Hereford United suspension from football lifted by FA

Edgar Street
Hereford United have played football at Edgar Street for 90 years

Hereford United's suspension from all football activity has been lifted by the Football Association.

Chairman, and new majority shareholder, Andy Lonsdale confirmed on Thursday the FA have received the necessary documentation - including the transfer of shares in the club to Lonsdale.

"I did say it was only a paperwork exercise and the ban would be lifted," said Lonsdale.

"I hope people can see I am telling the truth. The FA are happy."

The highs and lows of Hereford United's history
1972 - Elected to Football League at the end of the season in which they secured their famous 2-1 FA Cup third-round replay win over Newcastle.
1973 - Promoted to Division Three, followed by a further promotion to Division Two in 1976.
1977 - Relegated to Division Three after just one season, followed by a second relegation back to Division Four a year later.
1997 - Relegated to the Conference after 35 years as a Football League club - two years after Graham Turner's appointment as manager.
2006 - Promoted back to the Football League under Turner, who then leads the Bulls to promotion again in 2008.
2012 - Relegated back to the Conference, finishing sixth in their first season under Martin Foyle, despite the onset of their current financial problems.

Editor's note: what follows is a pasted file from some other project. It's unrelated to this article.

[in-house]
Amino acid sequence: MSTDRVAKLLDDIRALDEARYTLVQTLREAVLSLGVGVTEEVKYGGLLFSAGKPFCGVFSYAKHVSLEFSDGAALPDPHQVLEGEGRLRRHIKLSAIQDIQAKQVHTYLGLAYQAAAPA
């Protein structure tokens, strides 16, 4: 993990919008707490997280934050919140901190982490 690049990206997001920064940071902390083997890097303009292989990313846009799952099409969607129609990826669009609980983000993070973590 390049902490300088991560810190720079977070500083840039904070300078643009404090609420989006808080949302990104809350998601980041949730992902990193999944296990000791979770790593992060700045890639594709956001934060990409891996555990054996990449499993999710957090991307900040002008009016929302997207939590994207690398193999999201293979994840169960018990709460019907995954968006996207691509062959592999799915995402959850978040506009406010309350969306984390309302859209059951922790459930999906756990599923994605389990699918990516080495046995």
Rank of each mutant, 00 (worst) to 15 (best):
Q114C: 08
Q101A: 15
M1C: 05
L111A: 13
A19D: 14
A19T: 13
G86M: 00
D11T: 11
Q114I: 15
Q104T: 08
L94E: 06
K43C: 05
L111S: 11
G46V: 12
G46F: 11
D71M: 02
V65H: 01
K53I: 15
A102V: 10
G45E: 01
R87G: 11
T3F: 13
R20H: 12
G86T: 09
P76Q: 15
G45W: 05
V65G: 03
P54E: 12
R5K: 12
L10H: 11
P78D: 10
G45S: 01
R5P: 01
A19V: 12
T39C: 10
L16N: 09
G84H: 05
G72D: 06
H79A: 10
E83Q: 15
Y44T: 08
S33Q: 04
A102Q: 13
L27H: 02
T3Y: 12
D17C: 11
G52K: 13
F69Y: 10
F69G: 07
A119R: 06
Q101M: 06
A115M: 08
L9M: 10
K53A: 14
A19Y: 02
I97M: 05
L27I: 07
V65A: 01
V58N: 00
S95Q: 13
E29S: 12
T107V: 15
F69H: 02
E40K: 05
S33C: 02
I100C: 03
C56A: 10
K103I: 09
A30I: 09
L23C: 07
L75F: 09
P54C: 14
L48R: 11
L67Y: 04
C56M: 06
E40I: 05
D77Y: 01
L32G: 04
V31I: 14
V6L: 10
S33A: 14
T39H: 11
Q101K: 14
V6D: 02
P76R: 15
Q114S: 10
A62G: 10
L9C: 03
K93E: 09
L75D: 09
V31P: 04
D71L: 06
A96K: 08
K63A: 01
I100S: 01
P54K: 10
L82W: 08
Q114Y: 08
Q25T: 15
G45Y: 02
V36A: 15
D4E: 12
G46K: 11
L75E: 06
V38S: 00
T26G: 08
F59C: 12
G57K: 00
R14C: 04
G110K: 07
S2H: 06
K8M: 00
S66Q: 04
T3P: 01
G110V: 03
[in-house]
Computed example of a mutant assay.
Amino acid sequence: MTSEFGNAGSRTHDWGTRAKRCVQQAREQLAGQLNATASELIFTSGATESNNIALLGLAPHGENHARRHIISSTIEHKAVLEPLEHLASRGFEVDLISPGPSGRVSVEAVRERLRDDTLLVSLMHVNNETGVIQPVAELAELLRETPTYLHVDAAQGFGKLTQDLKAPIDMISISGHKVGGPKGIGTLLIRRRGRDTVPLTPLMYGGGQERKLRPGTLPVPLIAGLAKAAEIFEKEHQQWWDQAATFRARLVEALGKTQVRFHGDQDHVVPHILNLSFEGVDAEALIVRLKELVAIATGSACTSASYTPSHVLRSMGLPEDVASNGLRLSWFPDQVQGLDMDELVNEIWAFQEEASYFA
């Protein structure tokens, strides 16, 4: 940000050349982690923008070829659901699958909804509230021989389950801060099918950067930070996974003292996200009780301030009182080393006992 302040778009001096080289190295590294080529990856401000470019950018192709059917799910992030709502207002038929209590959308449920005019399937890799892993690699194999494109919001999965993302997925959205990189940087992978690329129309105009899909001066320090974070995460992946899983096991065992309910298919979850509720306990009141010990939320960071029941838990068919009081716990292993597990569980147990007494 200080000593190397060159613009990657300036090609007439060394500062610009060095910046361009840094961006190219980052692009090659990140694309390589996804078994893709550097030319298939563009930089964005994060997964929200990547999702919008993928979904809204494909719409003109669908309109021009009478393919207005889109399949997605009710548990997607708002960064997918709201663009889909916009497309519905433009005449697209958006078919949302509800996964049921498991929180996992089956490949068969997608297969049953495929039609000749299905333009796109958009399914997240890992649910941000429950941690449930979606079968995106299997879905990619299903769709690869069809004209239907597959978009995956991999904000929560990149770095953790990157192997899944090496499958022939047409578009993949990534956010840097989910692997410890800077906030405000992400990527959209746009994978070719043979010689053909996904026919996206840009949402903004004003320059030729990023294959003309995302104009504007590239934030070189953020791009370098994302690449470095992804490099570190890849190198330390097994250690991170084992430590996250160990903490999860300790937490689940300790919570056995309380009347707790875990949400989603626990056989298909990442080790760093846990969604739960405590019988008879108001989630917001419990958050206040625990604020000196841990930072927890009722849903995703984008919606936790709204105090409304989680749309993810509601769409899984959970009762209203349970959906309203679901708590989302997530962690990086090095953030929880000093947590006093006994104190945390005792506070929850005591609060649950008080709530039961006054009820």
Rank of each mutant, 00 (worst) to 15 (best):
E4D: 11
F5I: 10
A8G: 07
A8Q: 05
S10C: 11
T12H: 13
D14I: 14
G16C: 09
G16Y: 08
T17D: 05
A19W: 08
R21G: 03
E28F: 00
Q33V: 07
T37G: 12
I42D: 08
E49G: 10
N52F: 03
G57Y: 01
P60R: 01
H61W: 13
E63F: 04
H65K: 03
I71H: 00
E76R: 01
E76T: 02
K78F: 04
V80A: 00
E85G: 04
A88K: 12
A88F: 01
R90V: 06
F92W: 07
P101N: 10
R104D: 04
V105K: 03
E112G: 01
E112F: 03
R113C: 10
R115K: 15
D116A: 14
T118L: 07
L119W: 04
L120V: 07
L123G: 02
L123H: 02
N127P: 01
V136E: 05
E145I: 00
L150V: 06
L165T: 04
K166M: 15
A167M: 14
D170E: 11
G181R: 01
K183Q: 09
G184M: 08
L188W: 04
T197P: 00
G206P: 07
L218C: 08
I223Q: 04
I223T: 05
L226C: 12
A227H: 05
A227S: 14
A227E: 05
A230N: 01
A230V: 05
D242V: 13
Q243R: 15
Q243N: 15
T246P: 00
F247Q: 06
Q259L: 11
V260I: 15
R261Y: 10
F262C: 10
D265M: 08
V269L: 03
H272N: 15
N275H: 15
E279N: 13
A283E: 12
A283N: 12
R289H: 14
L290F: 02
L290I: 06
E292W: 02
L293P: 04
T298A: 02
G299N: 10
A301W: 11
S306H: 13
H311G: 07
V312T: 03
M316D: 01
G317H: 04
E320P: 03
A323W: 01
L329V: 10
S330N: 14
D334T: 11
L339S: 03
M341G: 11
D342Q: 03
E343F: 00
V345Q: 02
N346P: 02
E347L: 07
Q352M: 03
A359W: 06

2014 - Hereford are expelled by the Conference in June, over non-payment of debts. They are also served with a winding-up order by various creditors, led by Revenue & Customs and former manager Foyle.

Hereford were banned, along with their majority shareholder at the time Alan McCarthy, on Wednesday after missing a deadline to supply "further documentation" to answer questions posed by the Independent Regulatory Commission's owners' and directors' test.

But now Lonsdale's major ownership of the club has been officially ratified, the Bulls, expelled from the Conference in June, can carry on their Southern League Premier Division season.

However, a cloud still hangs over Hereford's future with the club due back in the Royal Courts of Justice next Monday to answer their long-standing winding-up order that has been adjourned eight times.

Lonsdale has promised to invest £1m of his own money to keep the club in business and is confident the Bulls' 90-year history will not come to an end.

"I believe in the club and the money should be in place by then," Lonsdale told BBC Hereford and Worcester, before confirming the finances were coming from him alone and that he was not acting on behalf of a third party.

"No I'm not, 100%," he said. "It's my money."

Hereford are currently 15th in the Southern League Premier Division and visit Dunstable Town on Saturday.

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